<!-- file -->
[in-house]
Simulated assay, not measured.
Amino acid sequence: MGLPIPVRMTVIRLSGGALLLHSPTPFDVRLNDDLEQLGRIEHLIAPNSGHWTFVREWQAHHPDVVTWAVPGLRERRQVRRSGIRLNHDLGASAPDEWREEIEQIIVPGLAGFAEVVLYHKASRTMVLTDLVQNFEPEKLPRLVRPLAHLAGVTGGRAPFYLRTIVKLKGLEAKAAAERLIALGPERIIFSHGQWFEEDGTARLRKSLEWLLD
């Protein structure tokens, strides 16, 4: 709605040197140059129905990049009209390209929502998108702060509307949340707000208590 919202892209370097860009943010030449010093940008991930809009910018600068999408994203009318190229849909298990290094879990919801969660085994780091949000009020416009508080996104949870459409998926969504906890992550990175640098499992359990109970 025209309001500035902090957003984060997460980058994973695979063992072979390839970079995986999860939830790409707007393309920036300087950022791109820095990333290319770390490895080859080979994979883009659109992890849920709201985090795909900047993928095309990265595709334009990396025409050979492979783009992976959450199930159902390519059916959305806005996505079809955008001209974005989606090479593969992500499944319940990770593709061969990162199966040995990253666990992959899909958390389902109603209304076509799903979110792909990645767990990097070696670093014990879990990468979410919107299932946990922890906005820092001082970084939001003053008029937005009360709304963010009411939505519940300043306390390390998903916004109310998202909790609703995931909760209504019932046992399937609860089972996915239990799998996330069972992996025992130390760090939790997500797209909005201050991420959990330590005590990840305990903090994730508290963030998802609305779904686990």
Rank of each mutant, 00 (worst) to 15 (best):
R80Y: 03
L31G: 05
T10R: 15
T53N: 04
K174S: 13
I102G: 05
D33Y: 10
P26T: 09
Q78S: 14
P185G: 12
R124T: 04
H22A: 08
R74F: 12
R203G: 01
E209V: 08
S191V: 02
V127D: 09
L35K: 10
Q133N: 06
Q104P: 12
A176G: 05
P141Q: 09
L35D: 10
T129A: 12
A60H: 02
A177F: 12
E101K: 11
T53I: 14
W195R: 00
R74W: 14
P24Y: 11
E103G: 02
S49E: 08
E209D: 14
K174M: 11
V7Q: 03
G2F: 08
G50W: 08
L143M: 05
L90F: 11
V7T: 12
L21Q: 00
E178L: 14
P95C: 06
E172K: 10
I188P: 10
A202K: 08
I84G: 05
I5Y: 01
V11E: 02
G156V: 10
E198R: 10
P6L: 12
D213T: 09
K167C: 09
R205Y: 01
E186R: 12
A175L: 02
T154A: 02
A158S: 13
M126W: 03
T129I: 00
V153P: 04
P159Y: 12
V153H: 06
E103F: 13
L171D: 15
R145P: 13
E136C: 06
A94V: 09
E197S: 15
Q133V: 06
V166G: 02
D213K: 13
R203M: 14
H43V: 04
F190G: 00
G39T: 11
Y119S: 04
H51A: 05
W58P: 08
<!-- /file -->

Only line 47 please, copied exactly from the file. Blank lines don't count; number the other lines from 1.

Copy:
L21Q: 00